Artist to Discuss Exhibition at Fine Arts Center, Sept. 22
JONESBORO – The Department of Art will host a solo exhibition "Surface," featuring the work of Erin Raedeke, in the Fine Arts Center Art Gallery, Sept. 19 through Oct. 21.
She will present a gallery talk Thursday, Sept. 22, beginning at 3 p.m. Admission is free and the public is welcome, according to John Harlan Norris, associate professor of art at A-State.
Raedeke received her Bachelor of Fine Arts from Indiana University in 2000 and her Master of Fine Arts from American University in 2009. She has had solo exhibitions in New York, Baltimore and Philadelphia and has participated in numerous group shows, including the BP Portrait Award exhibit at the National Portrait Gallery in London.
She has been a recipient of the Maryland State Arts Council Individual Artist Award in 2013 and 2016, and has given artist lectures at universities and colleges in California, Illinois and Virginia.
"I am interested in the unwanted and dismissed. Objects are both stumbled upon and purposefully chosen. Thoughts, memories and past experiences are scavenged through in an effort for deeper meaning and unexpected connections to surface. My paintings document this search. The set-up allows me to object to preconceived ideas and assumptions; challenge an image or impression that is forced upon an object or relationship.
"I am interested in the limits of what an observational painting can be. All my work is done from life, and I attempt to challenge the parameters of what has been handed down to me as a perceptual painter. The formal aspects of painting have always been a driving force in my work, as is a developing narrative. Within the paintings, dichotomies play out. What appears as a study of color or light, upon closer inspection reveals a palpable object. A ripped cloth implies a violent action has taken place, yet the execution of the painting is very controlled and nuanced. First impressions cannot be trusted; appearances are never what they seem.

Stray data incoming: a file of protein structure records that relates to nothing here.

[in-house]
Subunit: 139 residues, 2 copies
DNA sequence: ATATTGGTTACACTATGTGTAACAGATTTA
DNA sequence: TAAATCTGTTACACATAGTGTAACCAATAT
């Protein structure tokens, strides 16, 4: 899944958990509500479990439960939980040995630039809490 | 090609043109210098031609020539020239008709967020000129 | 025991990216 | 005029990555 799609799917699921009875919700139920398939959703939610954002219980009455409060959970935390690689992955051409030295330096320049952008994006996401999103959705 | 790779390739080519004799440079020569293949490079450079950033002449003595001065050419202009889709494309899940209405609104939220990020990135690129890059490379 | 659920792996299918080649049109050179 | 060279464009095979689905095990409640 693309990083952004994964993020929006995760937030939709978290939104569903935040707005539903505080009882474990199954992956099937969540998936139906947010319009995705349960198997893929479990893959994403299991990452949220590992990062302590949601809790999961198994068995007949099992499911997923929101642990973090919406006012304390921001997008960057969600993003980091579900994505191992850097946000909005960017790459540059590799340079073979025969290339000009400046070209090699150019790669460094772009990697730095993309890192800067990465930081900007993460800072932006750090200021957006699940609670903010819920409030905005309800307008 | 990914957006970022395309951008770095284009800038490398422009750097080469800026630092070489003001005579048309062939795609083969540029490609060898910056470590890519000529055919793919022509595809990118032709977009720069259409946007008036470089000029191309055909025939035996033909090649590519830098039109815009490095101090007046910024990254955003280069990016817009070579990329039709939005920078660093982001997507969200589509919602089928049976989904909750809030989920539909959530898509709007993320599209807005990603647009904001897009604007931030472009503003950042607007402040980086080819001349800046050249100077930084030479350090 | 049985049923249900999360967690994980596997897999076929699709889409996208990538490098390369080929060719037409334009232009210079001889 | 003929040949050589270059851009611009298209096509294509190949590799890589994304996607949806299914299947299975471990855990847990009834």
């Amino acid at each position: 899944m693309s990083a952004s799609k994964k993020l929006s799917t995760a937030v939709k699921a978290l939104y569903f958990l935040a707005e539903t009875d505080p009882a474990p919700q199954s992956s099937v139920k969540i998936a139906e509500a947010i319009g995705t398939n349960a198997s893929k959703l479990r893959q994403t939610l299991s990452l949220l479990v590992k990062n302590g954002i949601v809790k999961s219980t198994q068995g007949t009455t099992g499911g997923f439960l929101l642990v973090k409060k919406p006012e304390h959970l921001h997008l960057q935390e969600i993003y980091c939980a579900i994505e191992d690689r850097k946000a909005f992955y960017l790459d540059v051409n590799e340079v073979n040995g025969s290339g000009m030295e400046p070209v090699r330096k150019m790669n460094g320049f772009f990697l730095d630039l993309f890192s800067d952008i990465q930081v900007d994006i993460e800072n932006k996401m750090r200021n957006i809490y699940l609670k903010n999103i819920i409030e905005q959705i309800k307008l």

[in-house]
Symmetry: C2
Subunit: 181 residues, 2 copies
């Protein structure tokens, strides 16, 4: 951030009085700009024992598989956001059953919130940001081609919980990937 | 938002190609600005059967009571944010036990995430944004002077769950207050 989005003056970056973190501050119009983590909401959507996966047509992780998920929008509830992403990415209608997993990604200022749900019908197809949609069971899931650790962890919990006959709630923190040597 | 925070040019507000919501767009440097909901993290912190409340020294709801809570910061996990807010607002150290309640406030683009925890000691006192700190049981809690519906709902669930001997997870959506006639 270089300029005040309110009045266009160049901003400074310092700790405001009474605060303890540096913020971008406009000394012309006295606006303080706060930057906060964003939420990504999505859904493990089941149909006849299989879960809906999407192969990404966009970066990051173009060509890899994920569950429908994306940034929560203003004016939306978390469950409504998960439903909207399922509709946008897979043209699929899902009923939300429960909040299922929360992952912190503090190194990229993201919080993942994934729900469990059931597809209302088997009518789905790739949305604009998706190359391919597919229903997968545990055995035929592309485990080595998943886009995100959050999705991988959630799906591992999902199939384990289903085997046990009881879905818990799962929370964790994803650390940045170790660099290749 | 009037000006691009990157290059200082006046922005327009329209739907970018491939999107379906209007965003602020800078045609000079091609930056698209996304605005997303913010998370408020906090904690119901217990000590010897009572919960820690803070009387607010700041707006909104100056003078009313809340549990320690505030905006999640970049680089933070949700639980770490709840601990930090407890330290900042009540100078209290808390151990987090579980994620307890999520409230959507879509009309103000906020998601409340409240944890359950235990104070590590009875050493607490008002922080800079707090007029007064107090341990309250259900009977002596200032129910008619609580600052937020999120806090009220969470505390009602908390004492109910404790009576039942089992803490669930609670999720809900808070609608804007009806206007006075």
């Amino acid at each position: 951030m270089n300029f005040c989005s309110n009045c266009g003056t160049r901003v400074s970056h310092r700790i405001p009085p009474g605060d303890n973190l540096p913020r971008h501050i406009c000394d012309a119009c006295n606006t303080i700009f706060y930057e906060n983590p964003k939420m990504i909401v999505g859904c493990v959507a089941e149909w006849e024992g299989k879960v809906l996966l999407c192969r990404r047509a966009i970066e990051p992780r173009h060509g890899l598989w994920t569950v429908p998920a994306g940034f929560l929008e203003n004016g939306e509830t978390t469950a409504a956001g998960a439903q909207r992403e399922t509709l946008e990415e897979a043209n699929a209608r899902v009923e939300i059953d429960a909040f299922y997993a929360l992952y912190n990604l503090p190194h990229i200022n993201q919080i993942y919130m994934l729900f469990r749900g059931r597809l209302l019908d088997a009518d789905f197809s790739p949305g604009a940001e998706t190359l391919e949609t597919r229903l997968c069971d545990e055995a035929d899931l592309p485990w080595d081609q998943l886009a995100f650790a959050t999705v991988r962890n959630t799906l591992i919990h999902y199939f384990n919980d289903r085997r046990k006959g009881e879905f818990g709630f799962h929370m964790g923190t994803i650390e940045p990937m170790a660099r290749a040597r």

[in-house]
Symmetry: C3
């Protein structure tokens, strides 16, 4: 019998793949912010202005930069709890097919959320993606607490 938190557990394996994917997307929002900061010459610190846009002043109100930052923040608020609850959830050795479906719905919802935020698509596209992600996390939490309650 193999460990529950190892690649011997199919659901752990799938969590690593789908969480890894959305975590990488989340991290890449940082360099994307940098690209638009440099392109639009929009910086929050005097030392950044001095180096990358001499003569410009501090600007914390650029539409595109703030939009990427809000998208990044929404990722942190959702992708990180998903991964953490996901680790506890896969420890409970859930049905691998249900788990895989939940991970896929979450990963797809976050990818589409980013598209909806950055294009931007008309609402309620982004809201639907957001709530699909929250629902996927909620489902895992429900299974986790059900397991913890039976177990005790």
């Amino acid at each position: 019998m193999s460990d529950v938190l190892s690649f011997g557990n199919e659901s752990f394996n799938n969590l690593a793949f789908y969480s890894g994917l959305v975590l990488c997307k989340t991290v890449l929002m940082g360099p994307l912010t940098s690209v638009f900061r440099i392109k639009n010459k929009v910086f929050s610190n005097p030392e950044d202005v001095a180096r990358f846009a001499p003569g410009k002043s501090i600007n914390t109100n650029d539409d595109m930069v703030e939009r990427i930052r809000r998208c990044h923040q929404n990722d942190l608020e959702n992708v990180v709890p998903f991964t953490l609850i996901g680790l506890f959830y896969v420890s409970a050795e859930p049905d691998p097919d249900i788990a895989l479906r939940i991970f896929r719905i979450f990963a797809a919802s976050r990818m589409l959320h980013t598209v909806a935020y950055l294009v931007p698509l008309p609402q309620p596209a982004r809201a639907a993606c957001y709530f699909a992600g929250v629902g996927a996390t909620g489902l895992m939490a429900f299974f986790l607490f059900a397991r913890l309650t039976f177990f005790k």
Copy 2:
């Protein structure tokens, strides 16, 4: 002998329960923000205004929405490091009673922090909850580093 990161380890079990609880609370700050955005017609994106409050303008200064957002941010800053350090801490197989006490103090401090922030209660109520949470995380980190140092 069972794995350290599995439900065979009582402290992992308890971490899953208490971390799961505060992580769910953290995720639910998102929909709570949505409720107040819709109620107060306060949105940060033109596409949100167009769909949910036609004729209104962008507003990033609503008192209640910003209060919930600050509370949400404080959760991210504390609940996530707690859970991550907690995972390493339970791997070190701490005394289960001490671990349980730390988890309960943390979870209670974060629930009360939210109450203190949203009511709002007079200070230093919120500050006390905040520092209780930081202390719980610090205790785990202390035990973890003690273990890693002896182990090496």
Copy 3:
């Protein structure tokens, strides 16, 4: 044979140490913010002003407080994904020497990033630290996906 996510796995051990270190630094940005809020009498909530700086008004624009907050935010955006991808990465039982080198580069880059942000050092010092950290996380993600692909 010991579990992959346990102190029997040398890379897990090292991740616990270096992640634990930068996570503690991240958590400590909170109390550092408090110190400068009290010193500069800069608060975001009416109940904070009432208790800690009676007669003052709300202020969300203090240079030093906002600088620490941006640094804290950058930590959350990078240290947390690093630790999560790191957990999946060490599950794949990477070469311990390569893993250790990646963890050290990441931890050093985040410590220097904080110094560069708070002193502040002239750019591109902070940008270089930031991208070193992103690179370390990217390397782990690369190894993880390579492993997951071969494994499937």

"Everything has meaning. Seemingly random objects we encounter, no matter how unceremoniously, hold a flood of associations and truths buried in the sub conscience. The only way to tease them out is through sensitive observation and suspension of prejudice."
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